A Place of Provision

Read our 2017 Year End Summary!

See articles about us in The Journal Times!

A PLACE OF PROVISION . . .

Giving to the Nations is establishing a Community Outreach Center – A Place of Provision – at 1701 12th Street, near downtown and within the Greater Uptown Area. The City of Racine has identified the Greater Uptown Area as a distressed neighborhood containing a high percentage of low and moderate income residents. Statistics show the percentage of low or moderate income residents in Racine County is 36.6%; the percentage of low or moderate income persons in the Greater Uptown Area ranges from 56.62% to 77.49%.1 On average, the per capita income in our immediate area, $10,691, is much lower than both the State of Wisconsin average of $27,907 and the national average of $28,5552Understanding the need in the Greater Uptown Area, and that Giving to the Nations’ mission is “to advance the lives of others” we have many programs slated for our neighborhood residents.

  • Adult Basic Education and English Language Learners (ELL) Classes in collaboration with the Racine Literacy Council. The level of education as identified within the Greater Uptown Area is not impressive; “34% of adult residents reported having a high school diploma or equivalent, and 14% hold professional certificates, associates, bachelors or other graduate degrees.”1 According to UNICEF, “Nearly 1 billion people will exit the 21st century unable to read a book or sign their names and two thirds of them will be women. And they will live, as now, in more desperate poverty and poorer health than those who can.”3 We are here to help stop this statistic from becoming a reality.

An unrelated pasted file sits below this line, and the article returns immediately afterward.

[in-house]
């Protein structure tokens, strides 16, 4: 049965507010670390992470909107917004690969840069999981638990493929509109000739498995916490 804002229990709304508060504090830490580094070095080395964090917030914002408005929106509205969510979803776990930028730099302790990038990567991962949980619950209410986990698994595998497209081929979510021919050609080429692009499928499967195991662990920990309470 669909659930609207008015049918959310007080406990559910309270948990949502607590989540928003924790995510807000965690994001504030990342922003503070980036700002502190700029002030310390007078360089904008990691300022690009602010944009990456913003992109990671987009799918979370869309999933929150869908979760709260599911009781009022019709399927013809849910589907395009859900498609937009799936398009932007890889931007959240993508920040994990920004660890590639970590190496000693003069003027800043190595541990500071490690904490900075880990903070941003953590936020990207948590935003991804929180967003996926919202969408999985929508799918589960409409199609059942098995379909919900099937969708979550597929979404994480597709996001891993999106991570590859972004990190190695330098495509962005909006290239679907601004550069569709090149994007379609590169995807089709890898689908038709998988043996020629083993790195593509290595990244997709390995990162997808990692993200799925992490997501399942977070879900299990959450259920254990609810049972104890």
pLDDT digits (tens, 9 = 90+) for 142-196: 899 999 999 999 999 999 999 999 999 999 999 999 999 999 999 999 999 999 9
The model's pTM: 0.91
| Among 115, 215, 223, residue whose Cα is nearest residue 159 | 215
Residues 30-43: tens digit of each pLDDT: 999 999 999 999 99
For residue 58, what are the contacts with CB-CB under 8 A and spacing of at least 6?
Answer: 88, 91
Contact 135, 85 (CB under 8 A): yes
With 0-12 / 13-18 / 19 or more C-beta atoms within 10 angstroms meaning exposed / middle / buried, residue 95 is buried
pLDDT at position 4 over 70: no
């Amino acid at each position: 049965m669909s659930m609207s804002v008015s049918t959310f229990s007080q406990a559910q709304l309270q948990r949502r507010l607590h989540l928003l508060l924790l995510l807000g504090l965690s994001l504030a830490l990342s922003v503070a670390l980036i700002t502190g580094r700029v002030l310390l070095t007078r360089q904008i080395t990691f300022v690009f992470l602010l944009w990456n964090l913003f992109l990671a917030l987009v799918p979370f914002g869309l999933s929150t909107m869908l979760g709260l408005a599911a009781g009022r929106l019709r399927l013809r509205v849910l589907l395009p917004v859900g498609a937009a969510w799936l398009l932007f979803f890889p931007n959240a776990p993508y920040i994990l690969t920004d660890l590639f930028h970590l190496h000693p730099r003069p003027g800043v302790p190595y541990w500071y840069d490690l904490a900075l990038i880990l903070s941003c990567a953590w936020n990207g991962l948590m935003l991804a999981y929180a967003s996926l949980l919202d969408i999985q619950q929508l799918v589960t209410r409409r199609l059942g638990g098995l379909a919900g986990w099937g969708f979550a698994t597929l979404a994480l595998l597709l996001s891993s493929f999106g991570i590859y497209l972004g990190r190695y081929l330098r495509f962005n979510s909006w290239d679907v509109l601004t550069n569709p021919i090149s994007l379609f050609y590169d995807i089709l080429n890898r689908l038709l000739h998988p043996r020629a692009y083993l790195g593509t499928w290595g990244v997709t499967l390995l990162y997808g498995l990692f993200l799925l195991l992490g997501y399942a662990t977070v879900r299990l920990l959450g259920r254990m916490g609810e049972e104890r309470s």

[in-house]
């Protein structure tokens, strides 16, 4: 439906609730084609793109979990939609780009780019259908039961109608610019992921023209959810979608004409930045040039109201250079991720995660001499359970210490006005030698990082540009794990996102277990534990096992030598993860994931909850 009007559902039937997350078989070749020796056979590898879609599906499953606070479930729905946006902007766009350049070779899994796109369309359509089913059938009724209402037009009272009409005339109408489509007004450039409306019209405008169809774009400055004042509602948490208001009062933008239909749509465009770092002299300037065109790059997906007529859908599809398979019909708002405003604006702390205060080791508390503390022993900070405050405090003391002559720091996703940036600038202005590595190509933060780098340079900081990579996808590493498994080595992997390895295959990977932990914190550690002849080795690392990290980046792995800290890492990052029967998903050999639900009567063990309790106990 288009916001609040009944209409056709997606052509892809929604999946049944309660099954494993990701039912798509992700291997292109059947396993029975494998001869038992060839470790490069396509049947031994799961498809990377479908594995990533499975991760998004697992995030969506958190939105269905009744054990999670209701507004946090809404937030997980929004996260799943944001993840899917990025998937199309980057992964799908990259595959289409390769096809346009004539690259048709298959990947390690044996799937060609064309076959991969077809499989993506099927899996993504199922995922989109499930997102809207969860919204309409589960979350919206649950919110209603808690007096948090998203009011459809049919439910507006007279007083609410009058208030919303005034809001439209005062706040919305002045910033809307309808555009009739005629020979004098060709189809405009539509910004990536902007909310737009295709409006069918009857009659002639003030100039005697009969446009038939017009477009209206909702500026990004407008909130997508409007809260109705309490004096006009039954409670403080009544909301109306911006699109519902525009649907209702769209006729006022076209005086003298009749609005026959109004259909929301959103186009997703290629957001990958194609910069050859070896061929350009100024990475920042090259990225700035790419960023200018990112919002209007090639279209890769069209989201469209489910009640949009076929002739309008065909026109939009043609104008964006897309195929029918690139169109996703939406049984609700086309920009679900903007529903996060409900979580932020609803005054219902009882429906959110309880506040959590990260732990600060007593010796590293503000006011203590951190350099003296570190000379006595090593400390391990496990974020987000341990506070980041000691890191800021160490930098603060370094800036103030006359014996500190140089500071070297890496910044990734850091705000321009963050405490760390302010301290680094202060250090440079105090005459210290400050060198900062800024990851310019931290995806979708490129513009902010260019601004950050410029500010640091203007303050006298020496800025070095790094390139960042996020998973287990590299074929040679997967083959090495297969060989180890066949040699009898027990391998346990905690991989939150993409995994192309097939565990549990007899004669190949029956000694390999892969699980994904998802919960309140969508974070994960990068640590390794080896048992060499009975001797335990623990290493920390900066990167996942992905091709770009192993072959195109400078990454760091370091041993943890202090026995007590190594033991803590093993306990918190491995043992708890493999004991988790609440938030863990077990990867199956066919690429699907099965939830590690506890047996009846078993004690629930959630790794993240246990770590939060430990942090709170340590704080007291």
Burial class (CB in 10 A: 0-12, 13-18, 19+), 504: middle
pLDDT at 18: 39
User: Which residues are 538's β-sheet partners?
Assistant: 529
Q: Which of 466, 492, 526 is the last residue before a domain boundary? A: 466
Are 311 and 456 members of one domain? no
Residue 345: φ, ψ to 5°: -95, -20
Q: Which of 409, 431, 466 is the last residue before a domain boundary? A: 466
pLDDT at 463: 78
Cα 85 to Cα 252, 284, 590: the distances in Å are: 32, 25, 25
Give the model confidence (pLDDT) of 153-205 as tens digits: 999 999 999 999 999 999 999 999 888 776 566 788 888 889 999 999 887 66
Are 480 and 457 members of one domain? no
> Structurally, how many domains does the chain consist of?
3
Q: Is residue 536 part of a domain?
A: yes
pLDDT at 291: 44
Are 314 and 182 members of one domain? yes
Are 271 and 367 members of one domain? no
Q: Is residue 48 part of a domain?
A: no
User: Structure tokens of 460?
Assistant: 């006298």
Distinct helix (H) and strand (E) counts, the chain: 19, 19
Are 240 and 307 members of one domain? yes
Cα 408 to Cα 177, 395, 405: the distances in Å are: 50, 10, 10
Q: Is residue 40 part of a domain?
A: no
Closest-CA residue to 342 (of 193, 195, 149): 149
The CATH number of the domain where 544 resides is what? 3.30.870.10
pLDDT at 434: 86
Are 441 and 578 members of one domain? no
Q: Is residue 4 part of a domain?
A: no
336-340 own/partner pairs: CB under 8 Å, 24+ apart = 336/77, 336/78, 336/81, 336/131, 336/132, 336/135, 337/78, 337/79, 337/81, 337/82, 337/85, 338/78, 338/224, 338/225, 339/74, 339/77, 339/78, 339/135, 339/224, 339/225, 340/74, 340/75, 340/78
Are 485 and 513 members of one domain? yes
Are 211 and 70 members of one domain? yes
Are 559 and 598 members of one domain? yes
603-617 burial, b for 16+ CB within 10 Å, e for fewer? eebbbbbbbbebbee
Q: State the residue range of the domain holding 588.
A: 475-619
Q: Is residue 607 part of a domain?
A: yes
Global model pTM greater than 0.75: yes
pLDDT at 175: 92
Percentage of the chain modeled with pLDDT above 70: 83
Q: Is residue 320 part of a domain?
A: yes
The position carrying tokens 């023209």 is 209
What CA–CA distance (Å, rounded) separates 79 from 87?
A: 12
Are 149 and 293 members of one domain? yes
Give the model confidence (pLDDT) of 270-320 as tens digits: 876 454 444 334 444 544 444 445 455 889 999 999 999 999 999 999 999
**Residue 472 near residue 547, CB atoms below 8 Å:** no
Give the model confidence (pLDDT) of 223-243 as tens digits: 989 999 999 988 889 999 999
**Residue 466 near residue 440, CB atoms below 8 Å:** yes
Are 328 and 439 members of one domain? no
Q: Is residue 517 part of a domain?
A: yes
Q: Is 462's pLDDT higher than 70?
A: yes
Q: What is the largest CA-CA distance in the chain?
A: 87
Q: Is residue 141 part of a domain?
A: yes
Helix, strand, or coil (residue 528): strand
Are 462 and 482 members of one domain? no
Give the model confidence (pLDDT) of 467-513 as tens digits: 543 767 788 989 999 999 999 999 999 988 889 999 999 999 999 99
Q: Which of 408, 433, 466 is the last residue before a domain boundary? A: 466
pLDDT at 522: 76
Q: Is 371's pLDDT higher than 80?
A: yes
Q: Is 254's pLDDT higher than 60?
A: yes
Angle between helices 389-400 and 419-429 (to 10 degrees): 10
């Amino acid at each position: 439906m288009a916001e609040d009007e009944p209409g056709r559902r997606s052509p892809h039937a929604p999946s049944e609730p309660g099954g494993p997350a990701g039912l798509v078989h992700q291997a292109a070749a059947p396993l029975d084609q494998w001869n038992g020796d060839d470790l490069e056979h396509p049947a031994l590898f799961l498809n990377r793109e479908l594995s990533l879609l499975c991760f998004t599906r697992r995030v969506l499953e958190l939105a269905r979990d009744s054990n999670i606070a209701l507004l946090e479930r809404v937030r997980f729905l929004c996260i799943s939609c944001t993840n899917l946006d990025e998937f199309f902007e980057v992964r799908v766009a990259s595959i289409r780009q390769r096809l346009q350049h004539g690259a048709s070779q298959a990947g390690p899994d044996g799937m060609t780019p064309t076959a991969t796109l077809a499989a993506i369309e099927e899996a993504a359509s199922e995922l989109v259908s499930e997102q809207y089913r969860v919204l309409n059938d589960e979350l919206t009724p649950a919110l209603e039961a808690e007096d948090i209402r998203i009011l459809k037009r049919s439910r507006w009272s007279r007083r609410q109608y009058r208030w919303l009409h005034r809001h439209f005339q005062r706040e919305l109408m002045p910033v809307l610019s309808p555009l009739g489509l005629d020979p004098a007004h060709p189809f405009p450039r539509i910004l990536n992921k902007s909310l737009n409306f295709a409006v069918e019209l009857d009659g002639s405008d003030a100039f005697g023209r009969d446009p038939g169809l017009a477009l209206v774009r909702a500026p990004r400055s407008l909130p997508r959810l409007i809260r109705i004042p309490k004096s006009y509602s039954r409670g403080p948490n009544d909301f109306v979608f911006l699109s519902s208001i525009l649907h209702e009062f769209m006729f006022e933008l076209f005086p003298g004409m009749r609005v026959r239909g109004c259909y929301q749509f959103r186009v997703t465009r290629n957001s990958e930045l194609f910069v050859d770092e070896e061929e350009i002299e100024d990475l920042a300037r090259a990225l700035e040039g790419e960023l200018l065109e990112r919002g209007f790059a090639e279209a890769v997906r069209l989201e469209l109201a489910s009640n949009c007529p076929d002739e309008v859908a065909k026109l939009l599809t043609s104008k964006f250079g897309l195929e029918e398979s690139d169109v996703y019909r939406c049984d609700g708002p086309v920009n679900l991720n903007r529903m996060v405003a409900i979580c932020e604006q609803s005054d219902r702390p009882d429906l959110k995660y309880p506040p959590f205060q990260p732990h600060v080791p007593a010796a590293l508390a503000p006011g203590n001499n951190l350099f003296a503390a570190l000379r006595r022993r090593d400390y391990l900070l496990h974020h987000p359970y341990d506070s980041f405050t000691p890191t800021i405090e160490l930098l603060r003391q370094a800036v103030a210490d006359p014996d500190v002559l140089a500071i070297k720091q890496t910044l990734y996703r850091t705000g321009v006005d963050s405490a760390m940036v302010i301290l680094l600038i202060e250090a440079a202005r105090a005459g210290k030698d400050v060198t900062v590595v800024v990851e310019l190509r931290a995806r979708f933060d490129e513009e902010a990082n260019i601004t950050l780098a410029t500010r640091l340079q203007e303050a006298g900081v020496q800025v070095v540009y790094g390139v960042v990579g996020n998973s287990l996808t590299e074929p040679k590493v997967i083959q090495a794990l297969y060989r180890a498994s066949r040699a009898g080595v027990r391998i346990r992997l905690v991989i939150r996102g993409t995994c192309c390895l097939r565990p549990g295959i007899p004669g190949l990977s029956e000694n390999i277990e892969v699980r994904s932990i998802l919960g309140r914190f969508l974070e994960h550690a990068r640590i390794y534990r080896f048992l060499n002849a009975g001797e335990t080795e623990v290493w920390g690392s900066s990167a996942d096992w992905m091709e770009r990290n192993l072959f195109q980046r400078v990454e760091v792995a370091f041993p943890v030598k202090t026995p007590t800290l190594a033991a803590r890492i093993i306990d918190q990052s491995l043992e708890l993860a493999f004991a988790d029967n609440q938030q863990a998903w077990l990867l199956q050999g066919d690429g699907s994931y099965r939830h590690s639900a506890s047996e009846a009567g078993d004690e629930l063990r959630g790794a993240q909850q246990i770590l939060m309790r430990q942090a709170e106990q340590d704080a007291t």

• Racine Public Library Bookmobile. Statistically two thirds of students who cannot read proficiently by the end of fourth grade will end up in jail or on welfare. Students who don’t read proficiently by the third grade are four times likelier to drop out of school.4 Our goal is to bring the books to them and help foster a love of reading.
  • Basic nutrition and food preparation classes in collaboration with UW Extension FoodWise Program. The Racine City Community Health Survey Report shows an increase in overweight in Racine and a slight decrease in consumption of fruits and vegetables, as well as high rates of food related disease, establishing the need for multiple interventions including direct education.
  • Community Garden in collaboration with the City of Racine. According to the American Community Gardening Association a few of the benefits of a community garden are: community organizing; crime prevention; cultural opportunities; youth education; food production; health and green space.6